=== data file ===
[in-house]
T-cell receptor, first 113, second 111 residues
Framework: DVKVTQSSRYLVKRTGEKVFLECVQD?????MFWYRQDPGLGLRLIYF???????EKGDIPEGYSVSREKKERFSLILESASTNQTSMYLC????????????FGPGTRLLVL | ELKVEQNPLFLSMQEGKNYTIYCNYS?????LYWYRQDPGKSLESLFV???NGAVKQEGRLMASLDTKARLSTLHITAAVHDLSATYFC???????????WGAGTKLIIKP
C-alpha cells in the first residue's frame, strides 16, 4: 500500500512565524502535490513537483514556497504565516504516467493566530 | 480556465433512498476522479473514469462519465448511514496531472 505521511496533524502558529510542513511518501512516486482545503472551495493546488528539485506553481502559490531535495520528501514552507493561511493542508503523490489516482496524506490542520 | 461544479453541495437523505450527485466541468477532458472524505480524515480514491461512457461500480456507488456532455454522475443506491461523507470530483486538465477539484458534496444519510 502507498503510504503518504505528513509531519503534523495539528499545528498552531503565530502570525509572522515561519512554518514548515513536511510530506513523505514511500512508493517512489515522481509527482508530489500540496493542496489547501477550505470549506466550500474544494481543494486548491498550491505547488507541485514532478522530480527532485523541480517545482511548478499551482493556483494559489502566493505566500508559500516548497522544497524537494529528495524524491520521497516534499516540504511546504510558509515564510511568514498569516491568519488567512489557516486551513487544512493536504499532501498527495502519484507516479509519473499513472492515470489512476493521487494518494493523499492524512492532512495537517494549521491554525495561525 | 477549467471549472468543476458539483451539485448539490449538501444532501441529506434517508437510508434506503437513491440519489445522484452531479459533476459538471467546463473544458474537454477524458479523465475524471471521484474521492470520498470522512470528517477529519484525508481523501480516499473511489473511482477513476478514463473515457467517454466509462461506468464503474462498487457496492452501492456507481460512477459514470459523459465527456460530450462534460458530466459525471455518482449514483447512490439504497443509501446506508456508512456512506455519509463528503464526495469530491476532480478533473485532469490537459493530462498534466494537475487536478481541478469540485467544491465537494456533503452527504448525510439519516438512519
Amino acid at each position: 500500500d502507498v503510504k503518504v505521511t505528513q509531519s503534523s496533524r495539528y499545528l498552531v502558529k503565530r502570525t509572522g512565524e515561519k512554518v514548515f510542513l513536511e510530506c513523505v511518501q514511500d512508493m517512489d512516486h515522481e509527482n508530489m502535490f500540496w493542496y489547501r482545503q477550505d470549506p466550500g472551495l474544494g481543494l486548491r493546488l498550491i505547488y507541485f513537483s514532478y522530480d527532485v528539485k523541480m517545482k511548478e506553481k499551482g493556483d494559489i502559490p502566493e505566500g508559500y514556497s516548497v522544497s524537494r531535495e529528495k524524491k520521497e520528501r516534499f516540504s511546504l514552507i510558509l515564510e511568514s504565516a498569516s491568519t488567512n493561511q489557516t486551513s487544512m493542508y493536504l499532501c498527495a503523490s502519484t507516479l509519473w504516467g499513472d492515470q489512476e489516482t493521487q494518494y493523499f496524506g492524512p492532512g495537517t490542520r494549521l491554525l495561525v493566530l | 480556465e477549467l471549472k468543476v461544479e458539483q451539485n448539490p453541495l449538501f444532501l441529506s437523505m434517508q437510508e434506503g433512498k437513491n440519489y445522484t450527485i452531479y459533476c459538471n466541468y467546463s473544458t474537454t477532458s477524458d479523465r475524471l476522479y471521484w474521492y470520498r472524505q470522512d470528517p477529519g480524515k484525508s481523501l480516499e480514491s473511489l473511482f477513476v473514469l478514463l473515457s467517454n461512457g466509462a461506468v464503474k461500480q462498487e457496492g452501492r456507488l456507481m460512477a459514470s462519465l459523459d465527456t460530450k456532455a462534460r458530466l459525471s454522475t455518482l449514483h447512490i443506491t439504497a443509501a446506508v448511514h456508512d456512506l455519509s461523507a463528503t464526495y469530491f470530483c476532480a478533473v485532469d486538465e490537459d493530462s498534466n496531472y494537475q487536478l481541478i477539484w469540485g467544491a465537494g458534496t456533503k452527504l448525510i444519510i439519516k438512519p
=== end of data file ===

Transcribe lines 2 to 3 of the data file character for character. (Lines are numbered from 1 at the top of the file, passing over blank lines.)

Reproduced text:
T-cell receptor, first 113, second 111 residues
Framework: DVKVTQSSRYLVKRTGEKVFLECVQD?????MFWYRQDPGLGLRLIYF???????EKGDIPEGYSVSREKKERFSLILESASTNQTSMYLC????????????FGPGTRLLVL | ELKVEQNPLFLSMQEGKNYTIYCNYS?????LYWYRQDPGKSLESLFV???NGAVKQEGRLMASLDTKARLSTLHITAAVHDLSATYFC???????????WGAGTKLIIKP